Previously up until the time of school consolidation, Polk Township had been divided into seven rural grade school districts. Hopewell School District 118 was in the southwestern part of the township. However the schoolhouse was across the township line in section 5 of Hilyard Township. The school was on Drew road. Dorman School District 119 had its school in section 34 on Newby road. East Liberty school district 113 had a school in section 25 on Lake Catatoga road. Earlier the East Liberty School District and the Dorman School District had been one school district called Liberty School District. Before 1870, this school was called Bushwack. As the district was divided by the Dry Fork creek, at times because of flooding, it was impossible for those living west of the creek to attend school, so in 1896 the district was divided and a school house was erected in section 34 and called Dorman. The school was called Dorman after the family who donated the tract of land on their farm for the school. The other half of the district erected a new school farther east in section 25 and the named the new school East Liberty. This building stood on the east side of Lake Catatoga road just north of the north entrance into where Lake Catatoga Subdivision is now. The old original abandoned Liberty School building was purchased by a local resident Mr. Crouch and moved to be attached to his home.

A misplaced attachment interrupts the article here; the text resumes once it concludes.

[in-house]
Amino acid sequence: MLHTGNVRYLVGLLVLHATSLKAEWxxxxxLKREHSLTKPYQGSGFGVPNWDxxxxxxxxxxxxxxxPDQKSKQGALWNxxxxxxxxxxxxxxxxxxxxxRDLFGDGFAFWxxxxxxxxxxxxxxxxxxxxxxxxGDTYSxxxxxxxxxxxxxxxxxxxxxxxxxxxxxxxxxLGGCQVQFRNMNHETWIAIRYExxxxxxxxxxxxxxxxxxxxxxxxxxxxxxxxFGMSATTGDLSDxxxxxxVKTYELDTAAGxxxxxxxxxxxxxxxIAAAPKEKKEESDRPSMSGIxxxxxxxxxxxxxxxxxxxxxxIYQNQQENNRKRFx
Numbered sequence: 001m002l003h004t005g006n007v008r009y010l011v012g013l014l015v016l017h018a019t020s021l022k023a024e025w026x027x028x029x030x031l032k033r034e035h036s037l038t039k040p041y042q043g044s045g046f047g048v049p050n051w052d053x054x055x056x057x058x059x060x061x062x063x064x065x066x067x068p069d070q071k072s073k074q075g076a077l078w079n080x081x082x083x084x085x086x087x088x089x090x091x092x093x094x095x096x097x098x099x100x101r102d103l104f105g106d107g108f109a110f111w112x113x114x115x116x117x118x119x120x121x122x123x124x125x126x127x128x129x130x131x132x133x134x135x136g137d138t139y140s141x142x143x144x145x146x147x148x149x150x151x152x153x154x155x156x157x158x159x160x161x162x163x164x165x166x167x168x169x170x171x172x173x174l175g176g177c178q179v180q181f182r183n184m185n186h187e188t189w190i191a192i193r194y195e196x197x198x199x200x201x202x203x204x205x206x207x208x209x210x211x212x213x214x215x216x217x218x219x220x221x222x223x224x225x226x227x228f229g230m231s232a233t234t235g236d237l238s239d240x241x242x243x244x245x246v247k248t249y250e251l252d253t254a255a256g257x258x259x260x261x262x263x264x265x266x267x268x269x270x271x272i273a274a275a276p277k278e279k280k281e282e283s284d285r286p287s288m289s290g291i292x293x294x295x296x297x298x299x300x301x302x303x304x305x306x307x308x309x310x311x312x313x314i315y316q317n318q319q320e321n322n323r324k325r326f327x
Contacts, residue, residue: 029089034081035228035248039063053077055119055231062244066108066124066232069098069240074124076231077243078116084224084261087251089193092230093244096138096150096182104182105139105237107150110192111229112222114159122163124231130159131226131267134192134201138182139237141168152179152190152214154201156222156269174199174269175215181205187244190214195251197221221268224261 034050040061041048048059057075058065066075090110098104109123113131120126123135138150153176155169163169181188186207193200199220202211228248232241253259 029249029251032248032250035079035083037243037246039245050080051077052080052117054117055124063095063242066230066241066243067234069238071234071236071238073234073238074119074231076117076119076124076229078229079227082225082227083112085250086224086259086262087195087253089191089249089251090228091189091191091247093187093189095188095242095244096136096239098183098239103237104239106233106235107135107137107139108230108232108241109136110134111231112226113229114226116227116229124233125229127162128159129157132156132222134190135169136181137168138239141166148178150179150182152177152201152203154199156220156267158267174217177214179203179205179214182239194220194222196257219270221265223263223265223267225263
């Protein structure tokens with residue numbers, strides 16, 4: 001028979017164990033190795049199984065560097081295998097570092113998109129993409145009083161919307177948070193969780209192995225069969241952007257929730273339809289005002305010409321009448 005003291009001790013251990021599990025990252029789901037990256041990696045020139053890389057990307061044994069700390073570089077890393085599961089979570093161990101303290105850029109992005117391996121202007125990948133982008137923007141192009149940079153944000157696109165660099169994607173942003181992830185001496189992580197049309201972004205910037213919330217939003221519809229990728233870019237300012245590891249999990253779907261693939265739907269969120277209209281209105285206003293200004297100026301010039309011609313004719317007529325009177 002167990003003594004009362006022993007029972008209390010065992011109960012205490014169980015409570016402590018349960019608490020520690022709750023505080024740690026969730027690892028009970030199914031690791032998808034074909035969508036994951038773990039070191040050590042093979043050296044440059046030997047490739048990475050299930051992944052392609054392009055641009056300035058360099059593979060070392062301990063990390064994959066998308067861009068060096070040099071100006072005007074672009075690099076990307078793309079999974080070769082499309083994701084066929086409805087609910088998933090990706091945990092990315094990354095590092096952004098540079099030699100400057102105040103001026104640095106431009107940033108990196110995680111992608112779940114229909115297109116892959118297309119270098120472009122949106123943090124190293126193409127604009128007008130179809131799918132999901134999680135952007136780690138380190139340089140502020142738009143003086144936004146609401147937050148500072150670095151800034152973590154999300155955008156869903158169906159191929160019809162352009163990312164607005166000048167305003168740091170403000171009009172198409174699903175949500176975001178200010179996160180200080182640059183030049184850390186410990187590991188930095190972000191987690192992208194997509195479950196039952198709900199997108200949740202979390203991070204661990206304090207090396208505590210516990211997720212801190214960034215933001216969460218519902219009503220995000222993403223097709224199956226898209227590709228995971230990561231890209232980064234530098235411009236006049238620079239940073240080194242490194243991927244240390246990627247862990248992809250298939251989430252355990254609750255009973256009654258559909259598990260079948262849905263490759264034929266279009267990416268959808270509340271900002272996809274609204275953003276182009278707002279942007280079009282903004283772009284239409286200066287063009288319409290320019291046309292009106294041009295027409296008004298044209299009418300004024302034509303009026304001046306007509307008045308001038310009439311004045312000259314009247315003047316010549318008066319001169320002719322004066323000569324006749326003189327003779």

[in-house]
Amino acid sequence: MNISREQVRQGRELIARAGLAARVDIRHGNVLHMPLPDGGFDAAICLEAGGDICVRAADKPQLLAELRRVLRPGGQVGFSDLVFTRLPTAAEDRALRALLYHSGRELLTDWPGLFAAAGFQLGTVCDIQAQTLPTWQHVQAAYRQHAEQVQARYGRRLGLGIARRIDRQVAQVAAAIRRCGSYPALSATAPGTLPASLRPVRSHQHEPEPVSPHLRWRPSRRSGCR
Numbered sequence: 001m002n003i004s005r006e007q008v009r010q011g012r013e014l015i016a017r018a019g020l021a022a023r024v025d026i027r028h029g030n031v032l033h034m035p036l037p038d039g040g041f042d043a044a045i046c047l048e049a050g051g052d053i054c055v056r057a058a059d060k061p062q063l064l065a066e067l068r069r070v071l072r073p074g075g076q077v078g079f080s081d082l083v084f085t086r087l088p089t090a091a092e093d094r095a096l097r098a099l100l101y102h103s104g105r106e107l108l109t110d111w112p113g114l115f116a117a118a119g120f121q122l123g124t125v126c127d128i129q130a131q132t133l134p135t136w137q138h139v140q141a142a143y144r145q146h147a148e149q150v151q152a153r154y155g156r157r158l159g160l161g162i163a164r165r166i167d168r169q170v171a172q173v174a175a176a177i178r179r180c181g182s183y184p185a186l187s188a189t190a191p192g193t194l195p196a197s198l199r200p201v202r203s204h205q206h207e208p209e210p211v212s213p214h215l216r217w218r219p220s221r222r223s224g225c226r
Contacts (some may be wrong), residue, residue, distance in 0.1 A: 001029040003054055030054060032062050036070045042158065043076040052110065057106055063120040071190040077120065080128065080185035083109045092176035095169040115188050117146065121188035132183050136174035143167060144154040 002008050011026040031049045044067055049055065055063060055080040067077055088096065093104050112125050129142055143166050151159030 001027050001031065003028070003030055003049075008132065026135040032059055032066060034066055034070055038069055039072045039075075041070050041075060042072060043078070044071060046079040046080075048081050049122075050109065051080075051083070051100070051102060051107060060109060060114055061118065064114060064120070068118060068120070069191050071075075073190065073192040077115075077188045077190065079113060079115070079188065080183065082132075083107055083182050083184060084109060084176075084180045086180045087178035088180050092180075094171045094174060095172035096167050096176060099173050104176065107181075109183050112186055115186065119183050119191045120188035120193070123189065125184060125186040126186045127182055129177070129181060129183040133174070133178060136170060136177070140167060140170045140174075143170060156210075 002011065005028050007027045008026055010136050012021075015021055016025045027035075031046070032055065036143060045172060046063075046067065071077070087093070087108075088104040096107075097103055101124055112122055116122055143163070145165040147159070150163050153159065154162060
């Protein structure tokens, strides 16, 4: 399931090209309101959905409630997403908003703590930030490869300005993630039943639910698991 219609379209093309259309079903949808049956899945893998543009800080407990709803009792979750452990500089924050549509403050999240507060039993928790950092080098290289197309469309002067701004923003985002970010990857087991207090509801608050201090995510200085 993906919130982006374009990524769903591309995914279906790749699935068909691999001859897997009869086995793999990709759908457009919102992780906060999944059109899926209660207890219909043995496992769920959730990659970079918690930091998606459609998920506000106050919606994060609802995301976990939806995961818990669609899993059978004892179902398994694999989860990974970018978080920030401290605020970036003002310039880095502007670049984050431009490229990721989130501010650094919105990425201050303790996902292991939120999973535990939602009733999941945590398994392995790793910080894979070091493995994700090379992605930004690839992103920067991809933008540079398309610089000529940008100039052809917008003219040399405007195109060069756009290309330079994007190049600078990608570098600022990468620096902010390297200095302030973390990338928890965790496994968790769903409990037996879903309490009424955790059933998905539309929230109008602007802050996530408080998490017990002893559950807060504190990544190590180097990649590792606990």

In the Oak Ridge School district 114, the first school house stood on the east side of Meredith road in section 23 at the top of the hill above Macoupin Station. After a new school was built in the district years later in section 15, the old school house was moved across the road and became a church used by the Church of Christ membership.
Hazelwood School District 117 made up a large area of the west central part of the township. The schoolhouse stood on the north side of Snell road in section 8. Raffurity School District 91 was in the northwest corner of the township. The school stood on the south side of Rinaker road in section 6. Raffurity was the first school district organized in the township. A part of the district was also in Chesterfield, Bird, and Western Mound townships.